On the rebound
At the risk of reducing the argument for the four-day workweek and my ability to occasionally work from home, I share this news:
Working from home may actually increase carbon emissions rather than reduce them, according to a new report from the Britain-based Institution of Engineering and Technology. It says telecommuting has reduced overall vehicle use by 50 to 70 percent, allowed for smaller company office space, and cuts down on the daily commute and ensuing congestion.
However, it also requires energy to heat or cool a home office—raising home energy use by as much as 30 percent in some cases—and may lead to people moving farther from the workplace and contributing to urban sprawl, the report noted. Telecommuters may also run extra errands on their work-at-home days—errands they normally would’ve folded into their commute. While there are apparent environmental benefits, they are currently marginal. In the United States, in 2005, telecommuting resulted in a national energy savings of only 0.01-0.4 percent, and America’s 4 million telecommuters reduced net carbon emissions by 0.16-0.23 percent.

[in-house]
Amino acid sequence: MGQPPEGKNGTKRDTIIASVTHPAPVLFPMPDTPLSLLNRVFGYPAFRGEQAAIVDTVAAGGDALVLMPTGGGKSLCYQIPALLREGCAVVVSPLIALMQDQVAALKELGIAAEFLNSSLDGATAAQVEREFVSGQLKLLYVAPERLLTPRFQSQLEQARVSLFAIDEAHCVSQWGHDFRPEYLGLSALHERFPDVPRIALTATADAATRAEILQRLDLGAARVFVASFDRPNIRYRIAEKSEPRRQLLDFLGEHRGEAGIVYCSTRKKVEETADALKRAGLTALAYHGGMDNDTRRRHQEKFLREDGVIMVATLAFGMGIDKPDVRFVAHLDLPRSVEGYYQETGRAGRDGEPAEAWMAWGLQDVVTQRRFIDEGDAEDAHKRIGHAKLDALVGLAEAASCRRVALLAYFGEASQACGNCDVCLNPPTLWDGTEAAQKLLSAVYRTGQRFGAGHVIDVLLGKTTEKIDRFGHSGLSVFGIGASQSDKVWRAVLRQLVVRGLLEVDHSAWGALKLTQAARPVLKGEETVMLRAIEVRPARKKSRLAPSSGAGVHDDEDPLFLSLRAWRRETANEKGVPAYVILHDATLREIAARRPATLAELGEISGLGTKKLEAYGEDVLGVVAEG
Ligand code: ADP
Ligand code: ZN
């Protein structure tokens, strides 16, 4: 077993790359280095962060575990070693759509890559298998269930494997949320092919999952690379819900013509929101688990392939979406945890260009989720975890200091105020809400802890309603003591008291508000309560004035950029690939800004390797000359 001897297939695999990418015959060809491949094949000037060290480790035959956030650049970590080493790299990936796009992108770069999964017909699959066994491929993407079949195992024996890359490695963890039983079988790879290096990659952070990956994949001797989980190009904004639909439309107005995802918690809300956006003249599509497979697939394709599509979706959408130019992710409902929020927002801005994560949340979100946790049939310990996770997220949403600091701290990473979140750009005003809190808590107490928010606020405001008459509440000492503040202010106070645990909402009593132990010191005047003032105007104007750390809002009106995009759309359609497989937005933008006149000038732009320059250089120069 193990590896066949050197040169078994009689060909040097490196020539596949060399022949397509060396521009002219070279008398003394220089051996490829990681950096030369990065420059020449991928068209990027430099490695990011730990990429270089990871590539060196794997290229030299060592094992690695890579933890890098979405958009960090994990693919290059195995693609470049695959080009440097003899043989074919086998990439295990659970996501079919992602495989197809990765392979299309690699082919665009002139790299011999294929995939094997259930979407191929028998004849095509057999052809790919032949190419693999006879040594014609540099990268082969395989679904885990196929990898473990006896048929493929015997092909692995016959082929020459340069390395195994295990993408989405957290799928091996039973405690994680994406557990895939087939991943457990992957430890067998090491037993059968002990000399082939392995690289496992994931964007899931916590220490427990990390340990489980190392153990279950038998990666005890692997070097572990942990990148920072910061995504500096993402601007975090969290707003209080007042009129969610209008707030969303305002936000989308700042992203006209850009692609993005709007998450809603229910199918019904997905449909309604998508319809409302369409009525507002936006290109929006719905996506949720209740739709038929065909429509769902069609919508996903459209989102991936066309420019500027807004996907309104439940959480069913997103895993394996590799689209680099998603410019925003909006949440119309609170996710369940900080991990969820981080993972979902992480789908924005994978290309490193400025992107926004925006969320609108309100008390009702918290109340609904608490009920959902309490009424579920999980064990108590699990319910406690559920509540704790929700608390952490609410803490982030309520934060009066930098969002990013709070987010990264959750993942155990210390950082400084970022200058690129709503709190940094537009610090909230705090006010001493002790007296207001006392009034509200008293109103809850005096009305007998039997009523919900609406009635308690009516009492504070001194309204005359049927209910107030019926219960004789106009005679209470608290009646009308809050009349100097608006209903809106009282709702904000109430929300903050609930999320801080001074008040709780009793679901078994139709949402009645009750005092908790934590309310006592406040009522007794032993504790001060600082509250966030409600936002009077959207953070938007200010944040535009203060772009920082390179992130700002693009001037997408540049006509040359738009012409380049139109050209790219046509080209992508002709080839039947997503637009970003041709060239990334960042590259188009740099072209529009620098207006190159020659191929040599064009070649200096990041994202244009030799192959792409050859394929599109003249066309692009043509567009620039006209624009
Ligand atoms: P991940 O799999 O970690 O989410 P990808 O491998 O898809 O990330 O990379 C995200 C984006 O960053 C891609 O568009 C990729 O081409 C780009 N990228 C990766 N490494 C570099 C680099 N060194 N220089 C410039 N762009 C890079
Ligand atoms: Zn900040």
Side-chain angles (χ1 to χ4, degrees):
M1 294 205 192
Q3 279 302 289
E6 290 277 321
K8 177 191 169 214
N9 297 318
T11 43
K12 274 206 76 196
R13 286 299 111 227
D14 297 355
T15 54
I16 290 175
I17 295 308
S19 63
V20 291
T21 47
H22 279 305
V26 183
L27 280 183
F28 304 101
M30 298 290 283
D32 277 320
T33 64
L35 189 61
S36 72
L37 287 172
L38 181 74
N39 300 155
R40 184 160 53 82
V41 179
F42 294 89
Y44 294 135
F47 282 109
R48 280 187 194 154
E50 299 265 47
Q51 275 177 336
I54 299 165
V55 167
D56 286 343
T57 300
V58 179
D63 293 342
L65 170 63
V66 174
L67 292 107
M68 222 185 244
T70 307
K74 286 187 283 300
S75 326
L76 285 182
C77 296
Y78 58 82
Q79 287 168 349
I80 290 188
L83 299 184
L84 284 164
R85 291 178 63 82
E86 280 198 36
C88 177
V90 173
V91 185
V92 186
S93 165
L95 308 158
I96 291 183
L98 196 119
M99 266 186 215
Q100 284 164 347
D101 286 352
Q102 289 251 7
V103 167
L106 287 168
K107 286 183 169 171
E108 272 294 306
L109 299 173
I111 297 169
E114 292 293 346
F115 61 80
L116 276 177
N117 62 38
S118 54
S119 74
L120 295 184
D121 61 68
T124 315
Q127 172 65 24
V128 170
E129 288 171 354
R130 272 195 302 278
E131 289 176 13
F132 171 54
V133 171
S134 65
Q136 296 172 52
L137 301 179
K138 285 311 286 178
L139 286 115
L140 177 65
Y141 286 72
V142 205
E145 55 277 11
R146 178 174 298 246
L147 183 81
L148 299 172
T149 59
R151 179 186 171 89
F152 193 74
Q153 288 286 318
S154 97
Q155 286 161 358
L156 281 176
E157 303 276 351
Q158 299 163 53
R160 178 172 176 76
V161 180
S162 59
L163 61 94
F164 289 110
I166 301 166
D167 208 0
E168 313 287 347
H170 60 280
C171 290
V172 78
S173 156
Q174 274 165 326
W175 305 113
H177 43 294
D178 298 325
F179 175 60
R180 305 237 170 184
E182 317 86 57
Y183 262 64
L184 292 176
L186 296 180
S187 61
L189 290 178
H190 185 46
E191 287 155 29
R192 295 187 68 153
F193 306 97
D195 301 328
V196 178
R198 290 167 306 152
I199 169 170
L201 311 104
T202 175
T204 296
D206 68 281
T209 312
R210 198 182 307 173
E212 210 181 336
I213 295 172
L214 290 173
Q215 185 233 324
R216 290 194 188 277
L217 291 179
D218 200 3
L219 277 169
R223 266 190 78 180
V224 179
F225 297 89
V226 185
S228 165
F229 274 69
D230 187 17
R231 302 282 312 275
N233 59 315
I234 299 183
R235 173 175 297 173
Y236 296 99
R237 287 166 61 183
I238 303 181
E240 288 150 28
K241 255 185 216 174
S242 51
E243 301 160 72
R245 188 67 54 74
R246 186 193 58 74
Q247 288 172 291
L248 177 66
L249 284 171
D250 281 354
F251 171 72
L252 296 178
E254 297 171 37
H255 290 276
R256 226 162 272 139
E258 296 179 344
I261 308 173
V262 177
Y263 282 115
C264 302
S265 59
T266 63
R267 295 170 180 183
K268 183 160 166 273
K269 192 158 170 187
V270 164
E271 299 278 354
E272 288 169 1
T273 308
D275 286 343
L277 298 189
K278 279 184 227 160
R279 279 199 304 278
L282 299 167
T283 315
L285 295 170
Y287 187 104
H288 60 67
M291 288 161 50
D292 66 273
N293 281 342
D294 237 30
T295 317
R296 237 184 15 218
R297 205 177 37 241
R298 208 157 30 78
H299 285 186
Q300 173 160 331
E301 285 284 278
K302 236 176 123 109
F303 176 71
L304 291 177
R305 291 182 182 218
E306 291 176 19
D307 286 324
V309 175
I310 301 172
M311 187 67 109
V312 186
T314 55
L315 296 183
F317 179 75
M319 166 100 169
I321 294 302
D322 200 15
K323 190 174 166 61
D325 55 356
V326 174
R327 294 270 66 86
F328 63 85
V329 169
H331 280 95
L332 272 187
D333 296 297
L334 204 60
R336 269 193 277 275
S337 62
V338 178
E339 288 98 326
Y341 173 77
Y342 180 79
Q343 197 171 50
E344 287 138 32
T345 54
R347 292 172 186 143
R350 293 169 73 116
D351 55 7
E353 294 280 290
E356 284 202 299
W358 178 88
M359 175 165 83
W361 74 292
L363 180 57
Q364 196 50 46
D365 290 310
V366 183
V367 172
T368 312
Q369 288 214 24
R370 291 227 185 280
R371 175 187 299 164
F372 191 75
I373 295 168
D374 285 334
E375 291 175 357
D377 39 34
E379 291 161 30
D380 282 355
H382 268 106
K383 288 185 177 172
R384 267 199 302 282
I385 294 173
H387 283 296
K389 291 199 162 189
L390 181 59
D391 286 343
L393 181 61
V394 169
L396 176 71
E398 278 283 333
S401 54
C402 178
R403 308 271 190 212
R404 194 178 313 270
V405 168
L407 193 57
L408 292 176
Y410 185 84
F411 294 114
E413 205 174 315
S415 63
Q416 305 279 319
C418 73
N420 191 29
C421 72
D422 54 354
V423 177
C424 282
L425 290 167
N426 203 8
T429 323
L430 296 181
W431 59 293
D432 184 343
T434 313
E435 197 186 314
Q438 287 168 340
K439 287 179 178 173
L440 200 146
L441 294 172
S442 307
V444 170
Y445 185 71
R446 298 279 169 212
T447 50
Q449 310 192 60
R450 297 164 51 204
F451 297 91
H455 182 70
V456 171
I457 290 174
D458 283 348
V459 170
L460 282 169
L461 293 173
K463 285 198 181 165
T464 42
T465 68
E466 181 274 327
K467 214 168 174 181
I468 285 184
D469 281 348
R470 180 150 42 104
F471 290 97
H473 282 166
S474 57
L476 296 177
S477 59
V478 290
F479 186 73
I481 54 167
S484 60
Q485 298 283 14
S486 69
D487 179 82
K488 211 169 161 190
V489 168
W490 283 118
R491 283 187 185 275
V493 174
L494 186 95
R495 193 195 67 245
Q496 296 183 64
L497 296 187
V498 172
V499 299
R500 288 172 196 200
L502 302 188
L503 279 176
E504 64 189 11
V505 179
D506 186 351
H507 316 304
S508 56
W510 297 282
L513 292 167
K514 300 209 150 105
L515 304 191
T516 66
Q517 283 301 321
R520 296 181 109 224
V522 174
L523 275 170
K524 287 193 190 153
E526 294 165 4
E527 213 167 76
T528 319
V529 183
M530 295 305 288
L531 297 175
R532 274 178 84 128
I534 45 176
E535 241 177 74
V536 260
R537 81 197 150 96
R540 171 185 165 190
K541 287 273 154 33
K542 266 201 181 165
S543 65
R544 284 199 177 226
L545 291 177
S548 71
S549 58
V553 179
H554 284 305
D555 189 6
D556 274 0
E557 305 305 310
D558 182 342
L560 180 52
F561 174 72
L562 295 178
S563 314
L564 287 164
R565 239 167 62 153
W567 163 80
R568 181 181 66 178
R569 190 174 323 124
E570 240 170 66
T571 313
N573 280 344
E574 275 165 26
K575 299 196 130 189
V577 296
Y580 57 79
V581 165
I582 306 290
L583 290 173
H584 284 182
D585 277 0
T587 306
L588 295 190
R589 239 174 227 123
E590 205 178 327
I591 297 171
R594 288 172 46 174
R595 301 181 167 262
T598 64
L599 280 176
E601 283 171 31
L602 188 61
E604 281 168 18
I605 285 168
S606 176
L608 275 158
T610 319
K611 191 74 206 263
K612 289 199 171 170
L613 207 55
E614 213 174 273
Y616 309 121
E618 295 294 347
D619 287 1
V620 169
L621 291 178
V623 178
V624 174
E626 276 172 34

The report is titled “Rebound: unintended consequences of transport policy and technology.” In addition to the section on telecommuting, it more broadly regards the unintended consequences, or “rebound affects,” of energy-efficiency measures that policy makers should consider when setting CO2 emissions targets. For instance, some people who buy fuel-efficient vehicles end up driving more and may actually increase their energy use. And online shoppers must order more than 25 items to make an environmental impact on traditional shipping.
View the full report at www.theiet.org/factfiles/transport/unintended-page.cfm.